EA Sports WRC Setup Guide: How To Tune Your Rally Car

EA Sports WRC Setup Guide.jpg
Circuit racing is one thing, but rallying is an entirely different beast. For anyone needing a pointer on what adjustments to make, here is our EA Sports WRC setup guide.

Image credit: EA Sports

In sim racing, one of the most difficult elements to get one’s head around is setups. There is a reason motorsport engineers go through half a decade’s worth of training before being let loose on a race car. However, for some reason, sim racers are expected to understand what an Anti-Roll Bar does.

Well, in most cases, one’s understanding of motorsport engineering is far from optimal. As a result, working out the setup page in most simulators requires a lot of trial and error. So to save you a lot of time, we decided to put the setup menu in EA Sports WRC to the test. Whilst we are not professional engineers either, the time we have put into understanding the tuning page helped us put together this handy guide.


Do you have understeer in-game? Is the rear feeling vague even on the straights? Do you wish for a touch more straight line speed? This is the guide for you. Here are all the most important tweaks to make to your car in EA Sports WRC.

EA Sports WRC: Basic setup advice​

Before jumping into the setup screen, one would be best completing a Shakedown run. First of all, in EA Sports WRC, this allows the player to claim an additional set of tyres. But more importantly, it gives the player an idea of how the car handles the location and stages. From there, you can go about making tweaks.

After the first Shakedown run, it is important to address the basics. There are a couple of standard setup changes that are needed at the start of every EA Sports WRC rally. These would be gearing, ride height and braking.

Gears, Ride Height and Braking​

Gearing changes are best suited to specific rally locations. For instance, faster rallies will require longer ratios whilst mountain passes will require shorter ones. In general, we would advise not to touch the individual ratios, rather adjust the final ratio. This avoids any strange torque holes. As a general rule of thumb, the likes of Sweden, Finland, Kenya and Estonia will work best with longer gears. Monte Carlo, Corsica, Croatia, Japan and Greece are all suited to shorter ratios. The other rallies should work fine with the standard settings.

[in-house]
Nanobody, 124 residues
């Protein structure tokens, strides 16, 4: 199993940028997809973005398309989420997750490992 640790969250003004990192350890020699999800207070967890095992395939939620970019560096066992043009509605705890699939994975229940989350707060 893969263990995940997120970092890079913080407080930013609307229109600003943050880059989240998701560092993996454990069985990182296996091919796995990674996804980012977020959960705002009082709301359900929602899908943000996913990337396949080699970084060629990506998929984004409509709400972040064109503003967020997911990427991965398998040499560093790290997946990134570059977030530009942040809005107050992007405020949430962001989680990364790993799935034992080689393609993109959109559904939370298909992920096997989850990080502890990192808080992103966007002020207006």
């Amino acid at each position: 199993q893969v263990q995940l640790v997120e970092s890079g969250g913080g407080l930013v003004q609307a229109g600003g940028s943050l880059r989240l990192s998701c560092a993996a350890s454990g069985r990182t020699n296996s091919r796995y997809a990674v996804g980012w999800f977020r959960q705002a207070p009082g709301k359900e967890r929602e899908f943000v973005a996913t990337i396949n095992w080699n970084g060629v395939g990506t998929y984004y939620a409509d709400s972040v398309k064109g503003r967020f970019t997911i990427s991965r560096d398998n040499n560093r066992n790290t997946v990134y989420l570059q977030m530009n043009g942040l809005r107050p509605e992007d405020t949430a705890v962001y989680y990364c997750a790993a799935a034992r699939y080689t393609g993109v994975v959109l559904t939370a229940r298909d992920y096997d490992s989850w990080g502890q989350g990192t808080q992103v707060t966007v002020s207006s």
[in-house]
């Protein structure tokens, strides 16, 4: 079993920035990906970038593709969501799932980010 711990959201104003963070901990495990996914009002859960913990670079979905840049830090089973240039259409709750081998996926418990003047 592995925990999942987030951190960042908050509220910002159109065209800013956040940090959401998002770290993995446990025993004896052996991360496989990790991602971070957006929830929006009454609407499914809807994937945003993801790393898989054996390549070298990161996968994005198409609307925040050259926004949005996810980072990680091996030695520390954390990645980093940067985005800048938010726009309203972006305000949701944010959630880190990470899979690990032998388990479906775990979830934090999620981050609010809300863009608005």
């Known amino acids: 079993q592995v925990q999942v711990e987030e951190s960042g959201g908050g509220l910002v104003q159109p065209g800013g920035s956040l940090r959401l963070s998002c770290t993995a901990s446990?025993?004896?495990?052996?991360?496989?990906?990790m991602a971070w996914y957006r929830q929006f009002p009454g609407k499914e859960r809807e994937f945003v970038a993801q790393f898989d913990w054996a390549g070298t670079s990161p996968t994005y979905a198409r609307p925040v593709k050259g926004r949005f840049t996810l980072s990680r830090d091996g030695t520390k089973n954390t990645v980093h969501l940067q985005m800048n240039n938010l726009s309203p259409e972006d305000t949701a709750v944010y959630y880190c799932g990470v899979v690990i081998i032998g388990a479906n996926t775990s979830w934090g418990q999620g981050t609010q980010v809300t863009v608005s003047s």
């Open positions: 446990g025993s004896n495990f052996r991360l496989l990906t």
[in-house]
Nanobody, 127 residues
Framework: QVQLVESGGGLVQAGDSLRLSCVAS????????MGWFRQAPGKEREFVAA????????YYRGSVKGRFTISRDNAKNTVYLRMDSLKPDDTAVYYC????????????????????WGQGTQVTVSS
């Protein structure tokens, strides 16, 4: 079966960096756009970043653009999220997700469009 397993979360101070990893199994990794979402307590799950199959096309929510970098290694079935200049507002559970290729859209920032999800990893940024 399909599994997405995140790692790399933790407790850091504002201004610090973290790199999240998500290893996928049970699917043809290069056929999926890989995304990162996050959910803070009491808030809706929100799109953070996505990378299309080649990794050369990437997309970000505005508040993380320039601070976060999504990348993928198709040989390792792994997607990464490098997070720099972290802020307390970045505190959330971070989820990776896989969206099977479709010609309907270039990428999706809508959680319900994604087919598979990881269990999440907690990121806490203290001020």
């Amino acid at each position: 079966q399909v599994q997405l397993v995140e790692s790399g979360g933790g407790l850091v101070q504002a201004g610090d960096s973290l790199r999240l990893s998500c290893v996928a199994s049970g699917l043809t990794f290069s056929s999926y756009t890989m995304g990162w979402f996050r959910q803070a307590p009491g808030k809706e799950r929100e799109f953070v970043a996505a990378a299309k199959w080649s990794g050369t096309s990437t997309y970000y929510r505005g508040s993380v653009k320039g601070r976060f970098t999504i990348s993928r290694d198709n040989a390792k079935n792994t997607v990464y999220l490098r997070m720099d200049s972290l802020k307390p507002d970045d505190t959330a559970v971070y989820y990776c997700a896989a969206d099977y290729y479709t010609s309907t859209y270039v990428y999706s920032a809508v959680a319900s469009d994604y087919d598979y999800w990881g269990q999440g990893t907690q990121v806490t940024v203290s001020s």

EA Sports WRC Setups - Different locations require different tuning.jpg


Ride height is a setting that will most likely require tuning at the start of every stage. After a Shakedown run, you will notice if your car hits the ground at all or not. If it doesn’t, try lowering it. Typically, the lower the car, the more agile it will be. This does lose its validity with extremely soft setups which can benefit from additional travel to rotate the car. But for the easier setup tweaks in EA Sports WRC, set your suspension as low as possible without ever bottoming out. For example, tarmac rallies should see minimal ride height whilst Kenya’s bumps will require maximum clearance.

Finally, the brakes traditionally do not require much tuning in rally games, contrary to circuit racing. In fact, extra rotation usually comes from the handbrake, so setting the bias rearward is not a great idea. However, there is certainly an argument to tweaking the Brake Pressure. Lower grip surfaces such as loose gravel or wet conditions will be safer with less possible pressure. This will avoid lock-ups and keep you on the island.

Understeer vs Oversteer in EA Sports WRC​

Now that we have covered the basics, it is time to go over more specific setup challenges. There are two major balance terms that drivers either like of dislike. In rallying, it is important to have a car you feel comfortable with, so it is best to tune towards your preference; understeer or oversteer. By tuning away from one, you will move towards the other.

In sim racing, many racers hate understeer. In fact, rallying is traditionally all about rotation, so sliding is extremely common. Therefore, an oversteering setup is beneficial in EA Sports WRC. To get said results, here are some tweaks to carry out in the setup screen.


How to Fix Understeer​

First of all, go to the Alignment screen and add more Front Toe-Out. This helps with corner entry rotation. However, it can transfer into understeer later on in the turn if done excessively.

Next, open the Springs menu and compare the front and rear Spring Rates. To remove understeer, one must ensure the Front Springs are Softer than the Rear. In fact, softer suspension provides more grip, so by stiffening the rear suspension, one takes away rear traction, helping the car rotate.